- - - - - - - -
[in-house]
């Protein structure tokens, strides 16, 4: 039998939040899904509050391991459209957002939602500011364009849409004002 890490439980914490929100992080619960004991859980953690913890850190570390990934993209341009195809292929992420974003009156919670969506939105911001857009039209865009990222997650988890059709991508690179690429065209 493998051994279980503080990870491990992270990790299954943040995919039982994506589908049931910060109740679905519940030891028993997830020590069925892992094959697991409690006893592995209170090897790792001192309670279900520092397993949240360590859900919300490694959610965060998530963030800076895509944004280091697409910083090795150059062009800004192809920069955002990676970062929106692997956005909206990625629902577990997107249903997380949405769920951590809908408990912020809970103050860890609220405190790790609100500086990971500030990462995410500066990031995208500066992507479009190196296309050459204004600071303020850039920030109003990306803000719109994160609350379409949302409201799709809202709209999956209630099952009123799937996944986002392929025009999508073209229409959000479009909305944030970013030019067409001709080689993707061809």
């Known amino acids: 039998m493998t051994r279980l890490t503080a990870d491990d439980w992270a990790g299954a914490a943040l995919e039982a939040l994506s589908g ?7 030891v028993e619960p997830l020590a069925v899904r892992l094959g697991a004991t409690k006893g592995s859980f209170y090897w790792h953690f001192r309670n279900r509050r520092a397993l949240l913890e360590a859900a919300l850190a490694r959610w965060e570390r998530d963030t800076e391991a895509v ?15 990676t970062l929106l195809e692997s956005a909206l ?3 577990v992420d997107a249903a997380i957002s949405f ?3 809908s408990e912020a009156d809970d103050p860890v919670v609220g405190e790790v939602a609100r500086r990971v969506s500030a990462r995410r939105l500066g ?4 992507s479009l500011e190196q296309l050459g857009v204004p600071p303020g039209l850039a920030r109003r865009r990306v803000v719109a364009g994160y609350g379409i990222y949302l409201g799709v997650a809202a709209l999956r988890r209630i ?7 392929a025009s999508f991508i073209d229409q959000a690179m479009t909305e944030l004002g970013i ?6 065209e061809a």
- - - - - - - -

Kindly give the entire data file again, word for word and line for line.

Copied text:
[in-house]
């Protein structure tokens, strides 16, 4: 039998939040899904509050391991459209957002939602500011364009849409004002 890490439980914490929100992080619960004991859980953690913890850190570390990934993209341009195809292929992420974003009156919670969506939105911001857009039209865009990222997650988890059709991508690179690429065209 493998051994279980503080990870491990992270990790299954943040995919039982994506589908049931910060109740679905519940030891028993997830020590069925892992094959697991409690006893592995209170090897790792001192309670279900520092397993949240360590859900919300490694959610965060998530963030800076895509944004280091697409910083090795150059062009800004192809920069955002990676970062929106692997956005909206990625629902577990997107249903997380949405769920951590809908408990912020809970103050860890609220405190790790609100500086990971500030990462995410500066990031995208500066992507479009190196296309050459204004600071303020850039920030109003990306803000719109994160609350379409949302409201799709809202709209999956209630099952009123799937996944986002392929025009999508073209229409959000479009909305944030970013030019067409001709080689993707061809």
């Known amino acids: 039998m493998t051994r279980l890490t503080a990870d491990d439980w992270a990790g299954a914490a943040l995919e039982a939040l994506s589908g ?7 030891v028993e619960p997830l020590a069925v899904r892992l094959g697991a004991t409690k006893g592995s859980f209170y090897w790792h953690f001192r309670n279900r509050r520092a397993l949240l913890e360590a859900a919300l850190a490694r959610w965060e570390r998530d963030t800076e391991a895509v ?15 990676t970062l929106l195809e692997s956005a909206l ?3 577990v992420d997107a249903a997380i957002s949405f ?3 809908s408990e912020a009156d809970d103050p860890v919670v609220g405190e790790v939602a609100r500086r990971v969506s500030a990462r995410r939105l500066g ?4 992507s479009l500011e190196q296309l050459g857009v204004p600071p303020g039209l850039a920030r109003r865009r990306v803000v719109a364009g994160y609350g379409i990222y949302l409201g799709v997650a809202a709209l999956r988890r209630i ?7 392929a025009s999508f991508i073209d229409q959000a690179m479009t909305e944030l004002g970013i ?6 065209e061809a």